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    11. Stumbled across your blog from another beauty blogger, and I just have to say that I agree with the BS of the claims makeup can make. It's more about looking at the ingredients list and doing the right research. It's about knowing the difference between mineral oil, petroleum products, and parabens with fruit oils, nut oils, and vitamins. Thanks for posting this about the Naked BB Cream. I was actually looking up stuff about it and I was really hoping it would have good coverage! I'm really hoping I can get my hands on a sample of it, but if not, I'll stick to my same old routine! Thanks for your beauty input. You have a great blog! Keep it up!

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    12. Just found your blog and it's awesome. Nobody has really done much with the light diffusers-I'm technically a chemist, not physicist, but I had to take lots of physics classes. Most light diffusers in makeup are actually shiny(like mica). It's like having a bunch of tiny mirrors reflecting the light, not all at the same angle-the light is bouncing all around your face, like it does if it comes out of the filtered glass. So it makes color matching a bit easier, and you get a bit of the effect of not having uncovered light bulbs in your house-that would work better, but this is more portable. so, . . . not total B.S., though not a miracle either.

      Also, if you're asking for beauty B.S. post topics, please please do chemical free. I see those words used on products, and want to scream.

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      Replies
      1. yes chemical free is annoying...politicians and marketers looooove generating fear-uncertainty-doubt, and in turn that makes them a lot of money. I did a 5 part video on chemical vs natural vs organic vs gmo plus animal testing on my SkinCareTV channel on YouTube. I blog about it from time to time, and take the time to educate my clients on the subject, but the marketers keep winning because fear trumps knowledge :-(

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    13. Stumbled across this - you are an amazing writer and hilarious! Clearly very pretty too. Keep it up!

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    14. Could you compare the claims of US/European BB creams with Asian ones?

      In another post you wrote about looking for a HG full cover foundation, have you tried (Asian) BB Creams? Just wondering, since they are supposed to be an all-in-one product and cover well.

      Missha (Misshaus.com) is having a 40% off sale right now and the last time they had that was when I took the plunge and ordered a bunch to try.

      Would be interested to see your input on bb creams in general :)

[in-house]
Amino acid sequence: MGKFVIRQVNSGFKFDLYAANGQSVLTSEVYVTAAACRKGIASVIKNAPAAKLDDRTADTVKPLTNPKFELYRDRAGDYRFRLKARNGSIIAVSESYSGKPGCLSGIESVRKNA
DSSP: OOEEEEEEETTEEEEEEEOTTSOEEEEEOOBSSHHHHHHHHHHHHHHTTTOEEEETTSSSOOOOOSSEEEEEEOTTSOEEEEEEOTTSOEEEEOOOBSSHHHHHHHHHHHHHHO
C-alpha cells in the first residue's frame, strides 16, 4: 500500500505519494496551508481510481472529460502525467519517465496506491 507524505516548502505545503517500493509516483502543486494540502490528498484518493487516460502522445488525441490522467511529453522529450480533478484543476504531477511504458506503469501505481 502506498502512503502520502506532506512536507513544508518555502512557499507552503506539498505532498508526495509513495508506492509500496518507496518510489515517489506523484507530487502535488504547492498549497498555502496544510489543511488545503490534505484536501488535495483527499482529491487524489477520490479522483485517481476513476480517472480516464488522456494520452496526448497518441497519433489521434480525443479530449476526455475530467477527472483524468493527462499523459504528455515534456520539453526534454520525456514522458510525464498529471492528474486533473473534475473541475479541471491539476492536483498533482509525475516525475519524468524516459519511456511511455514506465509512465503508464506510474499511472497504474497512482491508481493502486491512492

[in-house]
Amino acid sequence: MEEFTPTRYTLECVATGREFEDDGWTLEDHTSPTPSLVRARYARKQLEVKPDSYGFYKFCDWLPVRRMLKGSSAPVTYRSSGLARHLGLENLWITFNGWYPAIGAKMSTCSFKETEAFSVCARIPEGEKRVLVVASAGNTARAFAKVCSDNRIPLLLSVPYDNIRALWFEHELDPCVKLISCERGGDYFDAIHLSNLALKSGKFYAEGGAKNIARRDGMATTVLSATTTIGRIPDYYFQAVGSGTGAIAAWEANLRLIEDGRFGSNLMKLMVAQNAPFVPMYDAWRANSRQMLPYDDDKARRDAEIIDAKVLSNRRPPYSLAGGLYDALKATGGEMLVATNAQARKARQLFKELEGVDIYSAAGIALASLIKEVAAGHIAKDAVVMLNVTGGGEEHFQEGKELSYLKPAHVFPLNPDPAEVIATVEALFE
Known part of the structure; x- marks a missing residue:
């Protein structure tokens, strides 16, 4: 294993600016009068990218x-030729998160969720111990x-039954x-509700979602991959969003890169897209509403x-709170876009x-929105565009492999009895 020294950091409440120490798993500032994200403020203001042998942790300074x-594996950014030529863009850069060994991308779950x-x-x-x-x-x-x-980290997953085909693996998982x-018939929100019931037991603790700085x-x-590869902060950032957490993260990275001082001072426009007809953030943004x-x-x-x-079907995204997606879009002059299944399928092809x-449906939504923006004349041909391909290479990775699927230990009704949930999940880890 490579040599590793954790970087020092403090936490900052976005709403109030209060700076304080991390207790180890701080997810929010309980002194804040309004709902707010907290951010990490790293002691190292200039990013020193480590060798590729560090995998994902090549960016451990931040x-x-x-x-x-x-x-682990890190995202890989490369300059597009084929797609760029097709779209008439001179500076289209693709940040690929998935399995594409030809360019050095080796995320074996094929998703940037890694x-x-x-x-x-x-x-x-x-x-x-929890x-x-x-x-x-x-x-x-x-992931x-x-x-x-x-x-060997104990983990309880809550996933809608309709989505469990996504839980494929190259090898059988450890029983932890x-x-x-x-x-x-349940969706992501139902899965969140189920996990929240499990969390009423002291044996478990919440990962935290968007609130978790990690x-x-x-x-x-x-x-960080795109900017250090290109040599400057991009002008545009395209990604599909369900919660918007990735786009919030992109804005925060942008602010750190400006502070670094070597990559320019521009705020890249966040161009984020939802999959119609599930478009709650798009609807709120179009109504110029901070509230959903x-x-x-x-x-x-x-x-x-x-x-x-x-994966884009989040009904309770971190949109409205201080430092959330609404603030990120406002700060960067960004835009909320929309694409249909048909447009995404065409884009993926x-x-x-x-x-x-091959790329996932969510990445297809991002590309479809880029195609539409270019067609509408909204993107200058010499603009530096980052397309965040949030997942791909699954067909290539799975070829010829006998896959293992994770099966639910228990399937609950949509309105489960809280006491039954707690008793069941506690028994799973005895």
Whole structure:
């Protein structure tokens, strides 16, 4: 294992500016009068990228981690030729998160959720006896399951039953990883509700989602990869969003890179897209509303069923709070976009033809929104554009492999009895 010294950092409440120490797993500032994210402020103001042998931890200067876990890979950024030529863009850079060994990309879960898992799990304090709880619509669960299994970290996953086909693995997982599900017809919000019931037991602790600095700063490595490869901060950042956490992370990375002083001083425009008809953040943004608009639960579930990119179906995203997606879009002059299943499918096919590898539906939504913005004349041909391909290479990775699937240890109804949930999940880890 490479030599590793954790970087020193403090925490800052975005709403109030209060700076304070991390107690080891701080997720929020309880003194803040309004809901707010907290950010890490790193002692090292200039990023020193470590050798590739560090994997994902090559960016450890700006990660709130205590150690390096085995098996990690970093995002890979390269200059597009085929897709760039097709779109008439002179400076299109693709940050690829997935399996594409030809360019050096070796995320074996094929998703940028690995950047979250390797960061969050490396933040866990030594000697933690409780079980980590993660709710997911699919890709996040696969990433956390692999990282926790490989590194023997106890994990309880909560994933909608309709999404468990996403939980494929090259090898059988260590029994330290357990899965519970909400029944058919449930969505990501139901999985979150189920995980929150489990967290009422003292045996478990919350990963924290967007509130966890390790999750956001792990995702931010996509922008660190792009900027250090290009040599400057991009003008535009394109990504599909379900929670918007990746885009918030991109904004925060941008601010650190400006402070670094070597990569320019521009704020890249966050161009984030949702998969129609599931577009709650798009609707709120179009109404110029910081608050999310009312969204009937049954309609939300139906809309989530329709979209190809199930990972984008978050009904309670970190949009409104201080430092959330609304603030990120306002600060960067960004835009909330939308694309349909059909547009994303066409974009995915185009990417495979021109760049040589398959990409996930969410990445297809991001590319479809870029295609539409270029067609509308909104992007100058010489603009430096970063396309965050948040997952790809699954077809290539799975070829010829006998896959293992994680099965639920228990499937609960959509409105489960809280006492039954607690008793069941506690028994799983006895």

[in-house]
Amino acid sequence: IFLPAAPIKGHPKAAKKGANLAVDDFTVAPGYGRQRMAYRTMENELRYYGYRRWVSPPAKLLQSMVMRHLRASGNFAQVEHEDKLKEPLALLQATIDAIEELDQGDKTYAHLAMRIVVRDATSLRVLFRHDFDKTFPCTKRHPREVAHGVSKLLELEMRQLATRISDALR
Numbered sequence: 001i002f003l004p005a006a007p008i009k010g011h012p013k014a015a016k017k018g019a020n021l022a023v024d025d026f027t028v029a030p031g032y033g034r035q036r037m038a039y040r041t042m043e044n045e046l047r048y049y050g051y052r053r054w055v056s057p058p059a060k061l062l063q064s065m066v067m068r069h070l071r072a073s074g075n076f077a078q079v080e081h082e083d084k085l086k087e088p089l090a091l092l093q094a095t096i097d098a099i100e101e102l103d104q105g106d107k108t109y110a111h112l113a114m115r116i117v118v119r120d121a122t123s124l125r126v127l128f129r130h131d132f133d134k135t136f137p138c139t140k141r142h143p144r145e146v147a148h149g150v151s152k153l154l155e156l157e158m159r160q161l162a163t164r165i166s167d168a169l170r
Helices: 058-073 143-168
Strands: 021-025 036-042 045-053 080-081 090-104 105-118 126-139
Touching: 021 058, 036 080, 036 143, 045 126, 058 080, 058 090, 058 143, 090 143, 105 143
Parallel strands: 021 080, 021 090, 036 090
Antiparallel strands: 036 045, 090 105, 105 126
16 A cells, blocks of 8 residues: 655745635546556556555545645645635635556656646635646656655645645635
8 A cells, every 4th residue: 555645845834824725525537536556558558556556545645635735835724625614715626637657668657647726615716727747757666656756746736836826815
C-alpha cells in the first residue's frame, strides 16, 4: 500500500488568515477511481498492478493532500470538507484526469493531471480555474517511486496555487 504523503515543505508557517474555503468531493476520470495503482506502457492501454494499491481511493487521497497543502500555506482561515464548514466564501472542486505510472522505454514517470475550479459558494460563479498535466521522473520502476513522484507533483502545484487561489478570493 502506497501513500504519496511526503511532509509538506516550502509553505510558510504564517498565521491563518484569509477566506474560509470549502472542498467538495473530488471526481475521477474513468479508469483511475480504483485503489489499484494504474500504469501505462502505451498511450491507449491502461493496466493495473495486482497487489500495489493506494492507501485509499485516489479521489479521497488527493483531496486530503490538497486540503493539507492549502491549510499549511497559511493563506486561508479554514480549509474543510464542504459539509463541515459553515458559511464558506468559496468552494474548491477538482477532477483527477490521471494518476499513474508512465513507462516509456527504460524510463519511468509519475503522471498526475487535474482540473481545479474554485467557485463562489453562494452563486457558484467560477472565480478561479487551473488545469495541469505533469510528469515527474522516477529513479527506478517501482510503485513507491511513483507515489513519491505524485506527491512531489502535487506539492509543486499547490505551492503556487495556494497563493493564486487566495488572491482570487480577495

Vivian

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    15. Robyn, you are a treasure...I am catching up on your posts whenever I have time. Your writing is so spot-on, articulate, sincere common-sense, scientific, and just the right amount of humour. I am thrilled to know you (virtually)....

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    16. Awesome blog. . .And totally agree with this post. I had to call bullshit right on the packaging with "DNA repair." If they can repair DNA through a bb cream, shouldn't they be curing cancer or something?

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    17. A great many thanks for this excellent blog and deeply satisfying blog post. What a service you're providing to those (me!) who don't bother doing the diligent research we ought to be doing on the products we consume. It's not only incredibly valuable to see all this research done, but your explanations and advice for others who want to do this research deserves great praise! I am stoked to see what you'll post in future.

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    18. You are my new favorite person.

      ReplyDelete
    19. This blog is AMAZING and this stuff is crap-ola. I received a sample of it and had a giant WTF moment when I put it on.

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    20. I love that you share the article, very interesting, thank you in advance boss, healthy greeting Obat Perangsang

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    21. As a current biology and physics student, I loved this so much! You show 'em who's boss :)

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    22. You are wonderful and I love that I discovered this blog! I am in graduate school studying neuroscience, and I'm also obsessed with makeup, so this blog is right up my alley. It also helps that you're a great writer and hilarious!

      I just wanted to add re: the clinical trial. I'm not sure how UD conducted the study and what their methodology was, but it's incredible important to note that none of the results are even remotely valid if they didn't control for other beauty products, skincare items, diet, exercise, age, health etc. of the participants. They might have done this, but if they didn't then that's just one more thing that discredits their claims!

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    23. Robyn, thank you for deciding to blog!

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    24. This is by far one of the best beauty blogs I have ever read. Will be adding this to my bookmarks! :)

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    25. thank you very nice article...
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    26. I actually found this blog and that is amazing thing I enjoy reading this easy to understand stuff. Keep it up.
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      ReplyDelete
    27. Thank you Robyn! I absolutely enjoy reading every post you make. Unlike many beauty bloggers that just give half-assed, insincere reviews because they are obligated to from their free products, your reviews are so refreshing, succinct, scientific and impartial that no one can ignore! I do hope you'll keep doing this and continue to get more recognition! This blog is a gem!

      ReplyDelete